Imagine a bunch of chairs had been set up for a speaking engagement, and someone had tried to destroy as many of them as possible to decrease the number of people that could attend the engagement. (Assume too, for the sake of argument, that the number of chairs determine the possible audience size: the grass on which they are set up is wet and muddy, so people wouldn’t just be able to sit on the ground, and the speech will last for a tiring while, so standing is off the cards too.) For all intents and purposes, this appears to fall on the spectrum of silencing, albeit of a seemingly benign sort, and I suspect most of us would agree. When it therefore came to my attention that some students were last month taking as many free tickets as possible to Dick Cheney’s originally scheduled speaking engagement, I couldn’t help but be a little miffed. Such actions admittedly come from well-intentioned political activism. However, not only does it take advantage of the Cornell Republicans’ good will, but, more troublingly, it demonstrates the increasing political sectarianism within American society.
The reason that American politics is so divided today, according to Allie Stuckey, “The Conservative Millennial,” is not just because of disagreement over individual social issues, but because the nation disagrees fundamentally over “what America is and what America should be.”
David Lat, a former federal prosecutor in New Jersey, analyzed President Donald Trump’s attacks on the media from a legal perspective at Cornell on Tuesday evening, saying Trump could have a significant influence on how the public perceives the media but is unlikely to add legal restrictions to news outlets. Lat, who founded the legal commentary blog Above the Law, said the political climate in the last year has led to a wider range of views on what speech the First Amendment protects. The Yale Law School graduate, who was an assistant prosecutor in Newark before transitioning to writing, said Trump’s repeated derision of media as “fake news” is largely bluster. The president does not have the power to make direct, drastic changes to the First Amendment’s protections because the process of altering the Constitution is extremely slow and requires a two-thirds majority vote in both houses of Congress or at a constitutional convention called by two-thirds of states. “It would be very difficult for Trump to do anything about the media and the First Amendment despite his obvious distaste for aspects of media,” Lat said.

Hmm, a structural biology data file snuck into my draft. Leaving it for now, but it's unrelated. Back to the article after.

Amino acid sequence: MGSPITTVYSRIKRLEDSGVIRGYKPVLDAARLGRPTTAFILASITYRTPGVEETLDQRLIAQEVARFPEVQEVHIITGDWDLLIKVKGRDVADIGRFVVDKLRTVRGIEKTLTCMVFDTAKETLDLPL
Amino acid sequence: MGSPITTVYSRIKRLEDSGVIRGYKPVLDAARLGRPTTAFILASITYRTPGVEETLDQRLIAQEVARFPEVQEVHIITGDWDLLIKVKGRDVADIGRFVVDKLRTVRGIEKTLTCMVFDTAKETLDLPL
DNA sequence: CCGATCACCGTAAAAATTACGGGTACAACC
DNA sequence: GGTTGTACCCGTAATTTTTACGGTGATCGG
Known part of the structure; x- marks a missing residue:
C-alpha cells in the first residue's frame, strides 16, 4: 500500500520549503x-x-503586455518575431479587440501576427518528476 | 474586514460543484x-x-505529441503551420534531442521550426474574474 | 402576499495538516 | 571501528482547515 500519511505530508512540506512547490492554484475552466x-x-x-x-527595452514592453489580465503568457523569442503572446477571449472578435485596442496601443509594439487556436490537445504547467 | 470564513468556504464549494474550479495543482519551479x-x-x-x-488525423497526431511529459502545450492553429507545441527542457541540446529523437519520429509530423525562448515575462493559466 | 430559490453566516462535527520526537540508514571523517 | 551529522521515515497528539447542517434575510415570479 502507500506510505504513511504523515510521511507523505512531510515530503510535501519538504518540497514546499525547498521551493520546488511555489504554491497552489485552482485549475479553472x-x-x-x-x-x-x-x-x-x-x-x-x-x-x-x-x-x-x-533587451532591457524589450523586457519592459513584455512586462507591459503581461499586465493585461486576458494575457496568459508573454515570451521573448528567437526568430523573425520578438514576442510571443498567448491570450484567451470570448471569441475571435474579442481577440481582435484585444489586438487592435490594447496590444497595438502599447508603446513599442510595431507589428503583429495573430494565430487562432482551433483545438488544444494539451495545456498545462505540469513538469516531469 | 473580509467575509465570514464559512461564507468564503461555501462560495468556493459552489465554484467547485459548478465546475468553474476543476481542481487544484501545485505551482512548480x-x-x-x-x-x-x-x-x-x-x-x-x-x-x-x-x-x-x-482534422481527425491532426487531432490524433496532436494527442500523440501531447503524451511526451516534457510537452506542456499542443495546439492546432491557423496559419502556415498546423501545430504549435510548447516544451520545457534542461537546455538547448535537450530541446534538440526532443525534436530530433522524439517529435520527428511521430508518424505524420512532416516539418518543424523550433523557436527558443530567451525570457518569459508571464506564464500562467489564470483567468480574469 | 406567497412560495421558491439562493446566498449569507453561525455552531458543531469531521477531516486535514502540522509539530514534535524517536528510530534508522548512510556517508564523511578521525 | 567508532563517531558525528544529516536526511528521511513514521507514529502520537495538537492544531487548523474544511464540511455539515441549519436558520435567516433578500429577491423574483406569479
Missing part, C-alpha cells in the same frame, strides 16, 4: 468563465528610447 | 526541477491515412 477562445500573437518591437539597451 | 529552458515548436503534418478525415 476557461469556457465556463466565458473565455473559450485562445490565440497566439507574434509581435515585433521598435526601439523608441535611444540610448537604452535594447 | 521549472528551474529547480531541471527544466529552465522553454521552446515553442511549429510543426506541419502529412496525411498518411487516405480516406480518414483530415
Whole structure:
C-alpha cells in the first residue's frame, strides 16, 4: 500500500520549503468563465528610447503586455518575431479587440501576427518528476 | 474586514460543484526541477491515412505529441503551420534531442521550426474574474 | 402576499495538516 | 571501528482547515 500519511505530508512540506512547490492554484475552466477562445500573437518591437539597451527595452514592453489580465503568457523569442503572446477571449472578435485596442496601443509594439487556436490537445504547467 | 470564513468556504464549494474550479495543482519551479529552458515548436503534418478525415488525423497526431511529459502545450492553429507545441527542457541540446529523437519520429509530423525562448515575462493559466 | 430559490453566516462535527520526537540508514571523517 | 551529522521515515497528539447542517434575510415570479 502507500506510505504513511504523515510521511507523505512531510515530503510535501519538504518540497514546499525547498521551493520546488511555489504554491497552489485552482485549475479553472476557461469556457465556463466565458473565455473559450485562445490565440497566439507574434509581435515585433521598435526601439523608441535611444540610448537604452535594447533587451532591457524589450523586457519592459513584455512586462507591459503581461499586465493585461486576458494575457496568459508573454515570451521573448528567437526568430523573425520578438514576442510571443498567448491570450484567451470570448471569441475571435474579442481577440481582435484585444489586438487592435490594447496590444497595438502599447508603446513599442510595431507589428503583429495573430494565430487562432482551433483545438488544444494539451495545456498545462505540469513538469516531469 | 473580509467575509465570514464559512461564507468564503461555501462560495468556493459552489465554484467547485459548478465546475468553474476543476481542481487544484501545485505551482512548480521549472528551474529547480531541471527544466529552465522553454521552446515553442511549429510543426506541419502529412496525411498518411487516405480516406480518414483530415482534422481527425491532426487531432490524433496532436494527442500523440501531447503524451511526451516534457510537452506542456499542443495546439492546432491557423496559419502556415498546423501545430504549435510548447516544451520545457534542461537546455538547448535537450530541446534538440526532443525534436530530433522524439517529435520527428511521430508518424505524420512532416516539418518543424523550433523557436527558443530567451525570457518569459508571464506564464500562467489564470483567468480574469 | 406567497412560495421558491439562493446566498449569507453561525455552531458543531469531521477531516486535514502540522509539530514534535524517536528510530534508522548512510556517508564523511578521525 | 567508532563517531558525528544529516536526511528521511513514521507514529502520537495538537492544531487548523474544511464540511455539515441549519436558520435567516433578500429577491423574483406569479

Two weeks into her presidency at Cornell, Martha Pollack on Monday proclaimed an unwavering commitment to free speech, reaffirmed the importance of diversity and inclusion, and responded to questions about much more.
ByTroy LeCaire, on behalf of the Cornell Political Union |
On Tuesday evening, the Cornell Political Union hosted Michael Johns, Sr., a conservative political activist and Tea Party leader, to speak to the body about President Trump’s ideology and his perspectives on American populism. He spoke mostly to explain, not to defend, and attempted to offer his perspective and confer an understanding of this brand of politics. We considered this talk valuable and necessary, and are proud that we hosted it. We also believe Mr. Johns was wrong — at the end of our event, we voted to reject Mr. Johns’ ideology on a vote of 40-14. When we first announced this event, it was met with a great deal of interest and excitement from the Cornell community.
For the first time since assuming office, President Elizabeth Garrett met with the University Assembly Tuesday, emphasizing that she wants a University that promotes open dialogue but also has sensible rules of conduct. “We need to look at what we do regarding freedom of expression, but in such a way that we can have expression, association and constructive dialogue, while at the same time acknowledging that we’re a University,” Garrett said. “We are not about shouting, we’re about discussing.”
“Vigorous debate” needs to be balanced with the fact that the University’s goal is to promote regular learning and the fact that there are also faculty and staff on campus, Garrett said. Still, she emphasized her commitment to free speech. “You won’t find a bigger supporter of free speech than I am,” Garrett said.